Chart 1: India’s total expenditure to GDP ratio (%)

India’s languishing revenue-GDP ratio

The primary reason for a low size of the government is India’s relatively low and stagnating tax-GDP ratio, which has languished in the range of 16-18% since the late 1980s (Chart 2). In this case also, we may benchmark a target tax-GDP ratio of 25% which is closer to where the US presently is. This would require maintaining a tax buoyancy with respect to GDP of higher than 1 for a number of years.

Chart 2: India’s combined tax-GDP ratio (%)

The stagnation in India’s non-tax to GDP ratio at less than 3% has prevailed since the early 1950s. The main reasons for this relate to India’s loss-making or low dividend yielding public sector enterprises, and non-recovery of costs of publicly provided services, including health and education. User fees and charges, that refer to the charges for the public provision of goods and services, have remained administered or regulated. These charges remain delinked from the unit cost of service provision, which has been increasing along with the overall inflation. Periodic revision of user fees and charges and realization of much higher values of property owned by the government and the public sector, including land, are clear ways of improving the performance of non-tax revenues. Further, assets owned by the government in the skies and under water and land should also be exploited to generate additional non-tax revenues.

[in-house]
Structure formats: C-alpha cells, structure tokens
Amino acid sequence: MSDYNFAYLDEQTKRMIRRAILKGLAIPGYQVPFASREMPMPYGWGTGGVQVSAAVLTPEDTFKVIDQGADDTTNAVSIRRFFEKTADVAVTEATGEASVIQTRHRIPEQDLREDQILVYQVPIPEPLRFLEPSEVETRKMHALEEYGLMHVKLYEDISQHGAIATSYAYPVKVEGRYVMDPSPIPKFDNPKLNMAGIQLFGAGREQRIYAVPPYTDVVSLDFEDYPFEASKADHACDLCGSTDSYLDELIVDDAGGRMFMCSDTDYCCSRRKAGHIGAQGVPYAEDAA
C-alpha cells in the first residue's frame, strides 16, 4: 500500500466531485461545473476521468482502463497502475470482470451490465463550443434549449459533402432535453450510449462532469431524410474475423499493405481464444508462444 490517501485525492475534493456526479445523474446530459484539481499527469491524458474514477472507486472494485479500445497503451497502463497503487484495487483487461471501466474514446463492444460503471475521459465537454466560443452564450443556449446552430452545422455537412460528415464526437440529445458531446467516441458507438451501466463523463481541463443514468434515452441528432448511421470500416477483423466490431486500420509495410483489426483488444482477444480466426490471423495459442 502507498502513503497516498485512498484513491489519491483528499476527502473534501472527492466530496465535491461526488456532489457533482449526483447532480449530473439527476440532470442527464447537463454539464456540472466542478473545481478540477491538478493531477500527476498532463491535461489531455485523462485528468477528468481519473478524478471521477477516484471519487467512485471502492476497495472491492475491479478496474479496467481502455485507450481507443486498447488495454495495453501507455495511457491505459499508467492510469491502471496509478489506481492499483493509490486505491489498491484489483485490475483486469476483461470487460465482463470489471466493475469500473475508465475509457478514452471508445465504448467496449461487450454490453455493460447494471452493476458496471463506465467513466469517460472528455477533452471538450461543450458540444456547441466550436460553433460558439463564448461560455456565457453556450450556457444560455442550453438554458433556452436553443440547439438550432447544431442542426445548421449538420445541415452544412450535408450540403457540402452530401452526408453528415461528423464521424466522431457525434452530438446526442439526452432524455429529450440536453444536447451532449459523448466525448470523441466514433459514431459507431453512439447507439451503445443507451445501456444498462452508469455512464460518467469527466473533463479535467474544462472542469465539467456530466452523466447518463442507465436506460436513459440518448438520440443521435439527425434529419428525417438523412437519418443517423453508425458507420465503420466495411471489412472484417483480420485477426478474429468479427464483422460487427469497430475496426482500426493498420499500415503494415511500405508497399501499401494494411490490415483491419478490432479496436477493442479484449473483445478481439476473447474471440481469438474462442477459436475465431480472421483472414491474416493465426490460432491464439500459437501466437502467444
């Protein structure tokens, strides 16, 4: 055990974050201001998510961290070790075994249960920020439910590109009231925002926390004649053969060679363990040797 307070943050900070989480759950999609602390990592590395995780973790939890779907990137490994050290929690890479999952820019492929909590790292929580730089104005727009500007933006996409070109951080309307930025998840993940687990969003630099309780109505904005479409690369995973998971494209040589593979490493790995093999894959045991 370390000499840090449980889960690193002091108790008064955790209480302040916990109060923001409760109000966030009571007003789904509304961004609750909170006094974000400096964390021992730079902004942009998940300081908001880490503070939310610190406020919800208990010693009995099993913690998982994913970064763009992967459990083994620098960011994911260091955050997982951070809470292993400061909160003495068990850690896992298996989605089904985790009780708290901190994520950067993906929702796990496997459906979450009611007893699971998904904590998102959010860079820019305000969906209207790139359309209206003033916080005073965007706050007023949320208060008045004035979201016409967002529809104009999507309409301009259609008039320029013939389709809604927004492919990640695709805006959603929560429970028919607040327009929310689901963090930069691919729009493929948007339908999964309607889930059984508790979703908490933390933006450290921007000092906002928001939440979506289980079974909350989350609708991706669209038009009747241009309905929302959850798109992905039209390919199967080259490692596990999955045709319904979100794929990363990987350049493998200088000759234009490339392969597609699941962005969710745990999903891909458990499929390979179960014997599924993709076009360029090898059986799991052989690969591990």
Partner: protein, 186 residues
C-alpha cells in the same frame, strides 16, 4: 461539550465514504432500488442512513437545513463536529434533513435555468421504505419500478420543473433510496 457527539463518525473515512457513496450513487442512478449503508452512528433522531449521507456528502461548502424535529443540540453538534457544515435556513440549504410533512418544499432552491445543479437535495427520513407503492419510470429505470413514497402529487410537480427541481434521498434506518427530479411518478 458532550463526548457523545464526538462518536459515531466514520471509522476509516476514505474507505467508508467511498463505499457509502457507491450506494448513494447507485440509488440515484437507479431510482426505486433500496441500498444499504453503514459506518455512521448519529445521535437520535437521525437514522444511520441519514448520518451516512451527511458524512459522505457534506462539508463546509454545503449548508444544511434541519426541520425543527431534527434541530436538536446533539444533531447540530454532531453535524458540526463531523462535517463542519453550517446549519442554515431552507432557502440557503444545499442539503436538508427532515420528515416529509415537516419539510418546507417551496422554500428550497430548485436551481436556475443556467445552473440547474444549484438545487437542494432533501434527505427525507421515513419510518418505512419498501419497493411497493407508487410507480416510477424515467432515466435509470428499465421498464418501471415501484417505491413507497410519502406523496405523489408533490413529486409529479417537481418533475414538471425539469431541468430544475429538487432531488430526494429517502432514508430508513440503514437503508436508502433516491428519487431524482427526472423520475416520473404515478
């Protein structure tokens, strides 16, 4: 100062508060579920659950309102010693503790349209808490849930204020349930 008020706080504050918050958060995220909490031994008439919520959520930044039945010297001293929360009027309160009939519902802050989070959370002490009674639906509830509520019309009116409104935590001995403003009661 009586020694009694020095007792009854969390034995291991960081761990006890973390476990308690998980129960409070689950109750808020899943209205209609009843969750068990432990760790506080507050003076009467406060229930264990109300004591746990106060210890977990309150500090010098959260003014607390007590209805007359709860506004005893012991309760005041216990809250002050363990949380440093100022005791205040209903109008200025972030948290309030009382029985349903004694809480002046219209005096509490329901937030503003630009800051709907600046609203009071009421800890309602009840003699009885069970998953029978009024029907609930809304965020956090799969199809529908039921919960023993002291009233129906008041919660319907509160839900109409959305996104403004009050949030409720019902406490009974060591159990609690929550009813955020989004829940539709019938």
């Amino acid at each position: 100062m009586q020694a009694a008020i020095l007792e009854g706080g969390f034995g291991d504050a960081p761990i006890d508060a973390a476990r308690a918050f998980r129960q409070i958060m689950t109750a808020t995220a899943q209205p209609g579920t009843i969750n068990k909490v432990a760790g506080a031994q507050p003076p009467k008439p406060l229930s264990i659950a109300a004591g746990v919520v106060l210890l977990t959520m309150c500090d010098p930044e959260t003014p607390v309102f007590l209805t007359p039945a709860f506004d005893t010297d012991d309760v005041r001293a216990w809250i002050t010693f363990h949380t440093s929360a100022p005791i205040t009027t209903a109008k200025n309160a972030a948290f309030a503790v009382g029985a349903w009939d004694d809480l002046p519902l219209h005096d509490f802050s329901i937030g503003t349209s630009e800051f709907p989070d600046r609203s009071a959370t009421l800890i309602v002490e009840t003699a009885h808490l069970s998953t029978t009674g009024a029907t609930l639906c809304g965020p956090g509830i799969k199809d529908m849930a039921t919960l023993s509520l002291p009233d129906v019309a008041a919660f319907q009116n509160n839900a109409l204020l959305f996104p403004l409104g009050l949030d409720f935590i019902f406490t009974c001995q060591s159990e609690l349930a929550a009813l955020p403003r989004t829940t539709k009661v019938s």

Re-visiting government’s sectoral priorities

If, over time, India is able to raise its tax-GDP ratio closer to the target of 25% and the non-tax to GDP ratio closer to about 5%, it can sustain a size of government in the range of 35-37% of GDP by adhering to a sustainable fiscal deficit level of about 6-7% of GDP, excluding a small component of non-debt capital receipts. As the revenue-GDP ratio increases, the government must ensure that the allocation of expenditures towards three priority sectors namely, education, health and physical infrastructure is progressively increased. Since the young dependency ratio is forecasted to remain higher than the old dependency ratio until 2056, it would be prudent to prioritize education ahead of health. At present, India’s government expenditure on education relative to GDP is at 4.4% (2018). This should be raised to 6%. Government expenditure on health has languished at about 1% of GDP (2019), which is much below the corresponding global average. This should be raised to at least 3%, closer to the corresponding average of middle-income countries at 2.8% (2019). Expenditure on physical infrastructure, including defence capital expenditure, may be raised to 6-7% of GDP, which would imply keeping combined revenue account of the government at least in balance if not in surplus. This would ensure adherence to the so-called ‘Golden Rule’, where government borrowing is matched by creation of corresponding assets. This requires maintaining strict fiscal discipline over economic cycles. For this purpose, both the central and state governments have enacted their respective fiscal responsibility legislations (FRLs).